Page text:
Game 46, Twins at Mariners

marc w · May 16, 2019 at 5:30 pm · Filed Under Mariners 

Erik Swanson vs. Michael Pineda, 7:10pm

The Twins come to town with a 4 1/2 game lead in the AL Central and the 2nd-best record in the American League. Powered by a deep, potent offense, they’re scoring over 5.2 runs per game and trail the M’s and Astros for the lead in HRs by just 7. And while the M’s have hit more total dingers, they’ve done so in 168 more plate appearances.

But they’re also getting a lot more out of their pitching staff than anyone expected. Jake Odorizzi was an intriguing acquisition last year, but he face-planted a bit as the Twins fell back after the successes of 2017. He’s taken a big step forward this year, though, leading the team in WAR thanks to a much-improved strand rate. That’s the case with Jose Berrios as well, as his ERA is now well below his FIP for the first time as runners are stranded on base. Part of that is their excellent team defense, but another part has been the growth and development in their bullpen. Their overall numbers don’t reflect it thanks to some sketchy work put in by the up-and-down guys, but the core of the bullpen – Taylor Rogers, Trevor May and, inexplicably, ex-M’s org-depth-guy Ryne Harper – have been excellent.

Michael Pineda’s one of a few reclamation projects the Twins have, and the one I’d have bet on working out. But thus far, Pineda’s struggled with the juiced ball and a slower fastball than he’s used to. Instead, ex-Rangers lefty Martin Perez has been the cream of the scrap-heap-crop, but you’ve got to think that Pineda can figure something out if he stays healthy. He’s still a fastball-slider pitcher, and his fastball – while it no longer sits at 95 – still has the same almost cutter-ish movement without a lot of rise. But as always when you think of Pineda, you think of his slider, the one Dave Niehaus famously called “diabolical.” The problem this year, after another long injury layoff, is that his slider is refusing to slide. It’s never been big in terms of horizontal movement, but it would get to the glove side. This year, it’s staying glove side. If his fastball had tons of horizontal/arm-side run, maybe that could work. But with a straight fastball, a straight slider pairs…less well, and batters are hitting better off of his slider this year than his fastball.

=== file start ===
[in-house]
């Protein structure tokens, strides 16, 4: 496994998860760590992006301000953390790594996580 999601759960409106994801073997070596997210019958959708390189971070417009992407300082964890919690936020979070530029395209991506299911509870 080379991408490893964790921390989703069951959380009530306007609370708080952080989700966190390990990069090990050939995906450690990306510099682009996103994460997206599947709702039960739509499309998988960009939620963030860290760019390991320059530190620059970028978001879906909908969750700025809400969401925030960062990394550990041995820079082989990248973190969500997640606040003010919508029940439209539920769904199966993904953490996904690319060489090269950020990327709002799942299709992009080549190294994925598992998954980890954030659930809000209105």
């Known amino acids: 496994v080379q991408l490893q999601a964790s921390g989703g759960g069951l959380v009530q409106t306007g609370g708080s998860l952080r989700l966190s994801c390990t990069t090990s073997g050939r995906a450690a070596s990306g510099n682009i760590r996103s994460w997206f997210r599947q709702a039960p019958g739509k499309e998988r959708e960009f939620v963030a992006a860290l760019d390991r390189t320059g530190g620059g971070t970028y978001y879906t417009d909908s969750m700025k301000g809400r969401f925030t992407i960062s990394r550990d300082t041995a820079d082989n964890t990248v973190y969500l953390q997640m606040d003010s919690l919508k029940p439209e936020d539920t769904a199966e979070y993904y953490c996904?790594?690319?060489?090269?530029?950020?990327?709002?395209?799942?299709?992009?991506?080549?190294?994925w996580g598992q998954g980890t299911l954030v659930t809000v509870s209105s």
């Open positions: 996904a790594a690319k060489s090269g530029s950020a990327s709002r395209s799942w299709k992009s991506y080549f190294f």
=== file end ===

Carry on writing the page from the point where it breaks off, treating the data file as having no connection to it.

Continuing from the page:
Going back to his first season, many of us worried that he’d show platoon splits given his slider-happy ways and so-so change-up. That hasn’t happened; he’s done just as well against lefties in his career. Instead, the decline in effectiveness in his slider has led righties to fare a lot better recently. This isn’t a guy they really need a lefty-line-up for, and with Haniger/Encarnacion, I guess they can’t, really.

Back with the team is CF Mallex Smith, who couldn’t hit at all in the month before his demotion, but could not STOP hitting in AAA. That’ll help, as Braden Bishop looked a touch overmatched in his first taste of MLB. So too did Shed Long, who was optioned back to make room for Smith. Long went 0-9 in 11 PAs, and it’ll be good for him to get regular time again in Tacoma.

Erik Swanson needs a good outing against someone other than the Indians, and I’m not sure this is the line-up that’ll allow that to happen. That said, old friend Nelson Cruz isn’t in the line-up as he works his way back from a wrist injury he picked up on Sunday. He’s not on the IL, so we may see him this series, but I’m sure Swanson won’t mind facing CJ Cron at the DH spot instead tonight.

1: Gordon, 2B
2: Haniger, RF
3: Encarnacion, 1B
4: Vogelbach, DH
5: Santana, LF
6: Narvaez, C
7: Healy, 3B
8: Crawford, SS
9: Smith, CF
SP: Swanson


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